- Historic Sites
The Pilgrims And The Rock
Did the Fathers in 1620 really land on that famous slab of granite? Through the haze of myth that surround it, a profound truth may be dimly seen
October 1962 | Volume 13, Issue 6
Carried along on the new tide of national feeling, the legend of the Rock spread throughout New England. Timothy Dwight, President of Yale, visited Plymouth in 1800, announcing with more emotion than accuracy: No New Engl…nder who is willing to indulge his native feelings, can stand upon the rock where our ancestors set the first foot after their arrival on the American shore, without experiencing emotions very different from those which arc excited by any common object of the same nature.
Two years later the Forefathers’ Day address was delivered by no less than John Quincy Adams. But the most imposing celebration came in 1820. For this twohundredth anniversary, John Watson, one of the few prewar celebrants still living near Plymouth, emerged from his Tory obscurity to organize the Pilgrim Society. A much less exclusive organization than the Old Colony Club, the society opened its membership to everyone with ten dollars “interested in perpetuating the fame of the Forefathers.” As an additional honor for the bicentennial Forefathers’ Day, a brightly uniformed independent company, the Standish Guards, was organized. Daniel Webster, then at the threshold of his career, appeared resplendcntly as the principal speaker. Wearing knee breeches, enveloped in a silk gown whose resemblance to a toga was not altogether accidental, and flanked by the Standish Guards, he spoke in front of the rock fragment in the Town Square. For two hours he held forth in ringing Ciceronian periods “full of the farina of thought and feeling,” according to a local newspaper, delving rather elaborately into all the symbolic meaning of Plymouth Rock. With this celebration the landing of the Pilgrims began to assume a national significance, a significance that Mrs. Hemans would confirm, strengthen, and expand in rhyme six years later.
Unfortunately, as Plymouth Rock increased in fame, it began to decrease in size under the hands of souvenir hunters. Plymouth shops were offering pieces the size of an egg for $i .50, guaranteed to “take a very fine polish.” De Tocqueville on his travels noted fragments of the relic in several towns. Finally, on July 4, 1834, what remained of the Rock’s upper section was taken from the Town Square and placed in front of the Doric portico of the recently erected Pilgrim Hall. Preceded by schoolchildren and followed by a model of the Mayflower , the Rock was carried on a decorated tipcart escorted by the Plymouth Band and the Standish Guards. As the procession was passing the courthouse a linchpin worked out of the cart and the Rock tumbled into the street, breaking into the two pieces so familiar in their cemented state. A year later this portion of the Rock was enclosed by a five-foot-high elliptical fence, the pickets of which were made up alternately of wrought-iron harpoons and boat hooks. The hammered granite base was studded with symbolic scallop shells, and the numerals 1620 were painted on the Rock. Meanwhile the stump on Hedge’s Wharf continued to bear the burden of passing wheels. Sometimes, when visitors asked to see it, a clerk would come out of Phineas Wells’ adjacent warehouse and brush it off.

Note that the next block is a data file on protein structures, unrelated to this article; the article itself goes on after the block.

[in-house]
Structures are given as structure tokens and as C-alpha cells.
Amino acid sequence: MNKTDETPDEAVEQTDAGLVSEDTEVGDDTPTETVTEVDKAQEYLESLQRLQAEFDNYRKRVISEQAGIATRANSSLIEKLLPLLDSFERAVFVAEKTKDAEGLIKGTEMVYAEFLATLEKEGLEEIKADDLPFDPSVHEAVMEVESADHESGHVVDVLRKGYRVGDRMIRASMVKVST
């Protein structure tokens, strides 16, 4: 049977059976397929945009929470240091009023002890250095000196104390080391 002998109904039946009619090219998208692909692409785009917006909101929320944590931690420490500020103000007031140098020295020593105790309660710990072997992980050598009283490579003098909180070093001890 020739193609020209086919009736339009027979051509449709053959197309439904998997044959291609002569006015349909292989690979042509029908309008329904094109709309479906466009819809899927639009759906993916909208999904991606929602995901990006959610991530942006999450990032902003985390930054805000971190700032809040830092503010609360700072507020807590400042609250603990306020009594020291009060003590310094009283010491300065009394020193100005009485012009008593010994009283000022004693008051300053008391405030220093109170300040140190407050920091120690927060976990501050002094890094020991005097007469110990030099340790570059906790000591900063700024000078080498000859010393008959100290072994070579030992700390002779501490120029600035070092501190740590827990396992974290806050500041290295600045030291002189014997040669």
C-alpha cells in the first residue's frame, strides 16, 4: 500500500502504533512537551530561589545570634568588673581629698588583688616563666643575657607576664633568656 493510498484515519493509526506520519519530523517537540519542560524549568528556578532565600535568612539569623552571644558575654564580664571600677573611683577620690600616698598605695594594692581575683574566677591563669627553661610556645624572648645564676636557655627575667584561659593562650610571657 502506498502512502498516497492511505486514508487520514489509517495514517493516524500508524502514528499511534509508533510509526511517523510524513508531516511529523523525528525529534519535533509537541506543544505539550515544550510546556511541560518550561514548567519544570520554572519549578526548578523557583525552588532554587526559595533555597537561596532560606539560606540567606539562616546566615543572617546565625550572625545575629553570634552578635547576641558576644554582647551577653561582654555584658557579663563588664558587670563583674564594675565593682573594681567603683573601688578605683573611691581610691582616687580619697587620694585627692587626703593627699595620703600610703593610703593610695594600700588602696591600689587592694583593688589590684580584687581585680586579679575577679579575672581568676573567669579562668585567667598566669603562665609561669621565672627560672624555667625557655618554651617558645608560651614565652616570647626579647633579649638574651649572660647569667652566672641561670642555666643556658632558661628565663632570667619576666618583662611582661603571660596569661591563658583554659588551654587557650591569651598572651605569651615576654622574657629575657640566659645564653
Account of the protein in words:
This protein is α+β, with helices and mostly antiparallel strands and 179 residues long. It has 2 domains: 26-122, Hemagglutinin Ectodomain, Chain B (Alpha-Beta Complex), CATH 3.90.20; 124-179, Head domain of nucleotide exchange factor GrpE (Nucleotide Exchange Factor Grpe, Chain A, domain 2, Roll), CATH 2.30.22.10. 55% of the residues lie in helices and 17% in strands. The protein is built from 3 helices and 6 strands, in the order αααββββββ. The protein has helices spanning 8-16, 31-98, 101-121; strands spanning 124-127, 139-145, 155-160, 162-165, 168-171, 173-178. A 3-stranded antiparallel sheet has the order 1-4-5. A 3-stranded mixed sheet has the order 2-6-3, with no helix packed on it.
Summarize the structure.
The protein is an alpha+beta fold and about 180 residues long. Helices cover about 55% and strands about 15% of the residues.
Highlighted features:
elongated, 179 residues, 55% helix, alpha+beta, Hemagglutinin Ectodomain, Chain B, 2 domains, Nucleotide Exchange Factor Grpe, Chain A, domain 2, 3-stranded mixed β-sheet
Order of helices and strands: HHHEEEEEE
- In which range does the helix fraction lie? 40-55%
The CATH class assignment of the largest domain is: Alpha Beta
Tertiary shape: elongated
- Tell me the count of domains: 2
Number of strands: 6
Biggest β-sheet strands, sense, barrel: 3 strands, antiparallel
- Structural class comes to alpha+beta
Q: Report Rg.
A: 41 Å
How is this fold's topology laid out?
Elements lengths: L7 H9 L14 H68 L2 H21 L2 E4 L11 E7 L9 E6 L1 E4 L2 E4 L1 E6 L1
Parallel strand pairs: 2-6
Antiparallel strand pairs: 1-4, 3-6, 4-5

In 1859 the Pilgrim Society bought the upper end of the wharf, tore down the warehouse, and laid the cornerstone of a “monumental canopy,” designed by Hammatt Billings, over the much-abused base. Its construction was interrupted by the Civil War and finally completed in 1867. Soon after its erection the intrepidity of souvenir hunters forced the addition of iron gates.
For casual visitors to Plymouth it was always a little perplexing to find two Plymouth Rocks, each in a separate enclosure. To end this confusion the Pilgrim Society in 1880 moved the upper section from its metal cage and united it with the stump under the Billings canopy. The Rock, as many noted, was still eight or ten feet above the high-tide mark, but at least it was all in one place. At this time the date, 1620, was carved into the stone to replace the painted numerals.
During the next forty years Plymouth Rock remained secure and unaltered under its baldachin. In 1883 the Pilgrim Society bought the rest of the wharf, leveled the remaining warehouses, and fitted the lower wharf end as a steamboat landing. Then, in 1920, amidst tremendous preparations for the three-hundredth anniversary of the Landing of the Pilgrims, the wharf was removed, the waterfront re-landscaped, and the canopy torn down.
The Tercentenary Celebration opened on Forefathers’ Day, 1920, with an issue of commemorative U.S. stamps. At Plymouth, Governor Calvin Coolidge, the Vice President-elect, made a short address in his appropriately old-fashioned style. Senator Henry Cabot Lodge was the principal speaker. The following week two steam shovels dug around the Rock, which was then wrapped in lengths of chain and hoisted out of its bed. The three sections promptly came apart. They were set aside while the site was excavated down to sea level. A month later the base was replaced, some ten feet lower, and the more familiar upper segment cemented to it. With Plymouth Rock at last located where it could be lapped twice a day by the high tide, a white granite Grecian temple, designed by McKim, Mead and White, was raised over it.